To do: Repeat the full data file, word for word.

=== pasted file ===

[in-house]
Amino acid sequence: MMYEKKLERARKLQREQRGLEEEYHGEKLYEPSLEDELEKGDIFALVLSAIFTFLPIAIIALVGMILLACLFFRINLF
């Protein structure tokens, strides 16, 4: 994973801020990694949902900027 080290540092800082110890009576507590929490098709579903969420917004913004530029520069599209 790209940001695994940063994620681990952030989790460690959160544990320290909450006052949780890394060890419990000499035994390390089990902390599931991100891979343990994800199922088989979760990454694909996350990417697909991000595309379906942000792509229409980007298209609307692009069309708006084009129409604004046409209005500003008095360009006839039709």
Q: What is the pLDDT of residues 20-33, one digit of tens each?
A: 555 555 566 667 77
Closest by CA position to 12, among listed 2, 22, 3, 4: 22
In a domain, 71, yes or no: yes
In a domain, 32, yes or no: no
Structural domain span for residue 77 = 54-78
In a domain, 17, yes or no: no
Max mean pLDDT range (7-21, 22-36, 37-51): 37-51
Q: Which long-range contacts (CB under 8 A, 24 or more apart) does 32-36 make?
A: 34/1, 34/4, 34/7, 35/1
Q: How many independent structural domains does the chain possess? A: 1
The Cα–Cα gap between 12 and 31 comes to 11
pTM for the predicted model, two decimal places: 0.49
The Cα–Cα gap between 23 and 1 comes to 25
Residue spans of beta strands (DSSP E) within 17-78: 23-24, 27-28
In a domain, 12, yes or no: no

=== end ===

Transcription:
[in-house]
Amino acid sequence: MMYEKKLERARKLQREQRGLEEEYHGEKLYEPSLEDELEKGDIFALVLSAIFTFLPIAIIALVGMILLACLFFRINLF
């Protein structure tokens, strides 16, 4: 994973801020990694949902900027 080290540092800082110890009576507590929490098709579903969420917004913004530029520069599209 790209940001695994940063994620681990952030989790460690959160544990320290909450006052949780890394060890419990000499035994390390089990902390599931991100891979343990994800199922088989979760990454694909996350990417697909991000595309379906942000792509229409980007298209609307692009069309708006084009129409604004046409209005500003008095360009006839039709």
Q: What is the pLDDT of residues 20-33, one digit of tens each?
A: 555 555 566 667 77
Closest by CA position to 12, among listed 2, 22, 3, 4: 22
In a domain, 71, yes or no: yes
In a domain, 32, yes or no: no
Structural domain span for residue 77 = 54-78
In a domain, 17, yes or no: no
Max mean pLDDT range (7-21, 22-36, 37-51): 37-51
Q: Which long-range contacts (CB under 8 A, 24 or more apart) does 32-36 make?
A: 34/1, 34/4, 34/7, 35/1
Q: How many independent structural domains does the chain possess? A: 1
The Cα–Cα gap between 12 and 31 comes to 11
pTM for the predicted model, two decimal places: 0.49
The Cα–Cα gap between 23 and 1 comes to 25
Residue spans of beta strands (DSSP E) within 17-78: 23-24, 27-28
In a domain, 12, yes or no: no